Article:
HP is buying Samsung’s printer business for $1.05 billion in a move aimed at “disrupting” the dusty and stale printing industry.
The deal will see Samsung’s Printing Business Unit spun out independently, with HP picking up full 100 percent ownership in the business. The companies estimate it will take one year to close, pending the usual regulatory scrutiny, and, upon doing so, Samsung will make a reciprocal investment of between $100 million and $300 million into HP’s business.
Samsung’s printer divisions employs around 6,000 people — around 1,300 of whom are in R&D — with 50 sales offices across the world and a production base that is located in China. In addition to that business, which recorded nearly $1.8 billion in revenue last year, HP will also get its hands on a “compelling” portfolio of around 6,500 printing patents.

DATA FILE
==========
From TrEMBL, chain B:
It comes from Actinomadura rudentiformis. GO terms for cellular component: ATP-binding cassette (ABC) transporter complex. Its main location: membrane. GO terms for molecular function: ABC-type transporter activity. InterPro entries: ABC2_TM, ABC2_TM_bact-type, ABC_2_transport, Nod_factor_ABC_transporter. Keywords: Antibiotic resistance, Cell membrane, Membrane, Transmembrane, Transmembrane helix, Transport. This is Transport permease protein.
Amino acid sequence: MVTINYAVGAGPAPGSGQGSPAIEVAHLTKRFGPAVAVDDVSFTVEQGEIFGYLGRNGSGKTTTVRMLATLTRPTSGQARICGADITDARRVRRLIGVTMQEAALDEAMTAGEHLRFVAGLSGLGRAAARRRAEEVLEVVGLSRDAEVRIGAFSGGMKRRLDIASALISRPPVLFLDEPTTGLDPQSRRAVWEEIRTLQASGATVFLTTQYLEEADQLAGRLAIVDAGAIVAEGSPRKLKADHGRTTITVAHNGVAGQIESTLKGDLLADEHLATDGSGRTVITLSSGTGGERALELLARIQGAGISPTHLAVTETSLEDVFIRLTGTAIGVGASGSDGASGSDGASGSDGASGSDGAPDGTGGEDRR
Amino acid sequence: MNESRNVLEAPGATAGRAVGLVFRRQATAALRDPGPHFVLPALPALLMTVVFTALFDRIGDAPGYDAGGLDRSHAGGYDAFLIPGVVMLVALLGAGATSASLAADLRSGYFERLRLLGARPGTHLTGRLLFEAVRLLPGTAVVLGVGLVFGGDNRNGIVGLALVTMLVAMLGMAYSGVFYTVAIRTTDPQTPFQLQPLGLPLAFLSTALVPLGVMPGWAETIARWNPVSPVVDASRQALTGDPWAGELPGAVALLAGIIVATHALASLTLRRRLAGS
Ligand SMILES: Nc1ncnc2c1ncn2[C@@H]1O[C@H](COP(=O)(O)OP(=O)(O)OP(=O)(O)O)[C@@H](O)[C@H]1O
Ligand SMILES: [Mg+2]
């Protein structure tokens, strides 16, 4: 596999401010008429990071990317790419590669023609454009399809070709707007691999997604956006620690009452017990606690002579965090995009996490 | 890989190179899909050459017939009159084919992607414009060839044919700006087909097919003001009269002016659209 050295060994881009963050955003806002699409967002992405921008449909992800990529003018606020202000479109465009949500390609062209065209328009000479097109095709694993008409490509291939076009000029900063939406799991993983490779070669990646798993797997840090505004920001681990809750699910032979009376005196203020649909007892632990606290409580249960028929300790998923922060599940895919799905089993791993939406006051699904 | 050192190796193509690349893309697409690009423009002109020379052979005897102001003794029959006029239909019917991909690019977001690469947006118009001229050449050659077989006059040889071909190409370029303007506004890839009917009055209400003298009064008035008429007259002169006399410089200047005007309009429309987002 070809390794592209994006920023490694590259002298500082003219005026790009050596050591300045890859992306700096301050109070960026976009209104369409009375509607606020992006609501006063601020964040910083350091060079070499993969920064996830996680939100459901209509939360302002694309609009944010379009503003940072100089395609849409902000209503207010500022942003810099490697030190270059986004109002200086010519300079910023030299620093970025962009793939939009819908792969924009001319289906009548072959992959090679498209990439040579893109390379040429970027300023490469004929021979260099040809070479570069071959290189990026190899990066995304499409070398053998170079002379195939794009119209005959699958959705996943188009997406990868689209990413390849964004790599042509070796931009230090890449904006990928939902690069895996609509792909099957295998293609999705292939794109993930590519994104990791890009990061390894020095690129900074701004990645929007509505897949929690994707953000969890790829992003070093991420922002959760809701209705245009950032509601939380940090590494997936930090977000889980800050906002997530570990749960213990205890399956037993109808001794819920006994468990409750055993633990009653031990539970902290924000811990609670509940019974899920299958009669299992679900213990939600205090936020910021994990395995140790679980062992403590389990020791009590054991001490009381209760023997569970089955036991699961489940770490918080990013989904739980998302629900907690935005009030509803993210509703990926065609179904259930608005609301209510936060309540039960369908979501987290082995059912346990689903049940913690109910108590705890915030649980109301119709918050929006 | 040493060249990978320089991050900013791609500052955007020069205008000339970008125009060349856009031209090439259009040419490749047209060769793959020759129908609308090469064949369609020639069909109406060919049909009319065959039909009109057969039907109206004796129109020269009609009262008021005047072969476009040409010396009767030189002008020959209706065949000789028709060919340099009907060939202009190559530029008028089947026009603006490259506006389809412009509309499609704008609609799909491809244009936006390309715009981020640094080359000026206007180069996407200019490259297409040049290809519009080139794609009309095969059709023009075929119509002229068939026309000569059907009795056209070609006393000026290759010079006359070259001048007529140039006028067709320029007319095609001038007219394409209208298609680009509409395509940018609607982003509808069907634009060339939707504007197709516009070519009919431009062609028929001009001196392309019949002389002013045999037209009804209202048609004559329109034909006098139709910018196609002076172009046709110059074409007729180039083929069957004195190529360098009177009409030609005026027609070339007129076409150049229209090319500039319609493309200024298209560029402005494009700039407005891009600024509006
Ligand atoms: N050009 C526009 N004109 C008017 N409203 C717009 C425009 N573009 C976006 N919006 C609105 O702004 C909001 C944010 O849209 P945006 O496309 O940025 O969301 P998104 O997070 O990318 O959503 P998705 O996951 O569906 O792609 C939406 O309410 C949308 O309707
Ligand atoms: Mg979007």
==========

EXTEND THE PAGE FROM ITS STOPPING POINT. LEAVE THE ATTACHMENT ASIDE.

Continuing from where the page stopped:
The central aim of the acquisition is to breathe much needed new energy and ideas into the industry, though, HP said.
“Copiers are outdated, complicated machines with dozens of replaceable parts requiring inefficient service and maintenance agreements. Customers are frequently frustrated with the number of visits needed to keep copier machines functioning,” it explained.
“When we became a separate company just 10 months ago, it enabled us to become nimble and focus on accelerating growth and reinventing industries. We are doing this with 3D printing and the disruption of the $12 trillion traditional manufacturing industry, and now we are going after the $55 billion copier space,” HP President and CEO Dion Weisler added.
The announcement was made after a Samsung board meeting at which Jay Y. Lee, son of company chairman Kun-Hee Lee and its expected future leader, was nominated to the company’s board.